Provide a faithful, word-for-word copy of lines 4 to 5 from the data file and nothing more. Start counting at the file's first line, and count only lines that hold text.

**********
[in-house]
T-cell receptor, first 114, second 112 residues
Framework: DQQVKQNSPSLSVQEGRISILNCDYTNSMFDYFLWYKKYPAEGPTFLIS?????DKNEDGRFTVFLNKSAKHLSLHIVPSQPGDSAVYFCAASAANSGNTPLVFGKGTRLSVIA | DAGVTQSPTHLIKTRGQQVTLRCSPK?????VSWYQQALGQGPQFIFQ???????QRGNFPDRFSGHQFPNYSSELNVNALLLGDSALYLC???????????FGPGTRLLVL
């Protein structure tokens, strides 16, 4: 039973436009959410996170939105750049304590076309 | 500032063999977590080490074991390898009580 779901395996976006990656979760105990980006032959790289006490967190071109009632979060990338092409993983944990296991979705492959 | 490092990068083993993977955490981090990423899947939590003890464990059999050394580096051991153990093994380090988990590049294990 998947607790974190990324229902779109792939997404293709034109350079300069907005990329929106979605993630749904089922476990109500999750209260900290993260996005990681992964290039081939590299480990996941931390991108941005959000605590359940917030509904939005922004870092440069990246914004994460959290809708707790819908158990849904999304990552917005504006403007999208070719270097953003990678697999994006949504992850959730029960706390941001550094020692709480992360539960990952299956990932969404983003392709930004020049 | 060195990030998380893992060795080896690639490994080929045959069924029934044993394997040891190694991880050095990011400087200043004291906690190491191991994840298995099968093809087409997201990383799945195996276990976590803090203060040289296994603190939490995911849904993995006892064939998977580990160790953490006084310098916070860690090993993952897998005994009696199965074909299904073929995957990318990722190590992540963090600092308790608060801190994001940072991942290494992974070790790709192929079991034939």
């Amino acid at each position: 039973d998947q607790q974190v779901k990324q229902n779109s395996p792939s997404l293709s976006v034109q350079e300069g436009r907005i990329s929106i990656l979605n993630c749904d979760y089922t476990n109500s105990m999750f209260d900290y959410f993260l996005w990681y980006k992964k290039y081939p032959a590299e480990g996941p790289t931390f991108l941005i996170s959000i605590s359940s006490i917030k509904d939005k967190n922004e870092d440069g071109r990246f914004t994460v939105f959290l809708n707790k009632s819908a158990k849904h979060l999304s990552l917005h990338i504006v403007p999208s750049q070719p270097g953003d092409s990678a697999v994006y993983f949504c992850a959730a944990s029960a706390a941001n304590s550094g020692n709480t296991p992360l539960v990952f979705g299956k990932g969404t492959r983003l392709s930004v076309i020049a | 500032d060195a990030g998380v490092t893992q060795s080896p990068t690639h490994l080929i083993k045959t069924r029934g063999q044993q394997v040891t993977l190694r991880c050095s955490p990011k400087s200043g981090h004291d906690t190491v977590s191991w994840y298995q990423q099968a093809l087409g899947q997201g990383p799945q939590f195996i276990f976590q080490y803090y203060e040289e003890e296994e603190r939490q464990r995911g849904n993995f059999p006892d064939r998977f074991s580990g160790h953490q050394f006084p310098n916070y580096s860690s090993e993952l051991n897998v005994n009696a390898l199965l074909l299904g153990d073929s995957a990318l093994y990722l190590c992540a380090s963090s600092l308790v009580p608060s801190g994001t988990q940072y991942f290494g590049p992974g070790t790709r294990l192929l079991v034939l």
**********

């Protein structure tokens, strides 16, 4: 039973436009959410996170939105750049304590076309 | 500032063999977590080490074991390898009580 779901395996976006990656979760105990980006032959790289006490967190071109009632979060990338092409993983944990296991979705492959 | 490092990068083993993977955490981090990423899947939590003890464990059999050394580096051991153990093994380090988990590049294990 998947607790974190990324229902779109792939997404293709034109350079300069907005990329929106979605993630749904089922476990109500999750209260900290993260996005990681992964290039081939590299480990996941931390991108941005959000605590359940917030509904939005922004870092440069990246914004994460959290809708707790819908158990849904999304990552917005504006403007999208070719270097953003990678697999994006949504992850959730029960706390941001550094020692709480992360539960990952299956990932969404983003392709930004020049 | 060195990030998380893992060795080896690639490994080929045959069924029934044993394997040891190694991880050095990011400087200043004291906690190491191991994840298995099968093809087409997201990383799945195996276990976590803090203060040289296994603190939490995911849904993995006892064939998977580990160790953490006084310098916070860690090993993952897998005994009696199965074909299904073929995957990318990722190590992540963090600092308790608060801190994001940072991942290494992974070790790709192929079991034939």
């Amino acid at each position: 039973d998947q607790q974190v779901k990324q229902n779109s395996p792939s997404l293709s976006v034109q350079e300069g436009r907005i990329s929106i990656l979605n993630c749904d979760y089922t476990n109500s105990m999750f209260d900290y959410f993260l996005w990681y980006k992964k290039y081939p032959a590299e480990g996941p790289t931390f991108l941005i996170s959000i605590s359940s006490i917030k509904d939005k967190n922004e870092d440069g071109r990246f914004t994460v939105f959290l809708n707790k009632s819908a158990k849904h979060l999304s990552l917005h990338i504006v403007p999208s750049q070719p270097g953003d092409s990678a697999v994006y993983f949504c992850a959730a944990s029960a706390a941001n304590s550094g020692n709480t296991p992360l539960v990952f979705g299956k990932g969404t492959r983003l392709s930004v076309i020049a | 500032d060195a990030g998380v490092t893992q060795s080896p990068t690639h490994l080929i083993k045959t069924r029934g063999q044993q394997v040891t993977l190694r991880c050095s955490p990011k400087s200043g981090h004291d906690t190491v977590s191991w994840y298995q990423q099968a093809l087409g899947q997201g990383p799945q939590f195996i276990f976590q080490y803090y203060e040289e003890e296994e603190r939490q464990r995911g849904n993995f059999p006892d064939r998977f074991s580990g160790h953490q050394f006084p310098n916070y580096s860690s090993e993952l051991n897998v005994n009696a390898l199965l074909l299904g153990d073929s995957a990318l093994y990722l190590c992540a380090s963090s600092l308790v009580p608060s801190g994001t988990q940072y991942f290494g590049p992974g070790t790709r294990l192929l079991v034939l």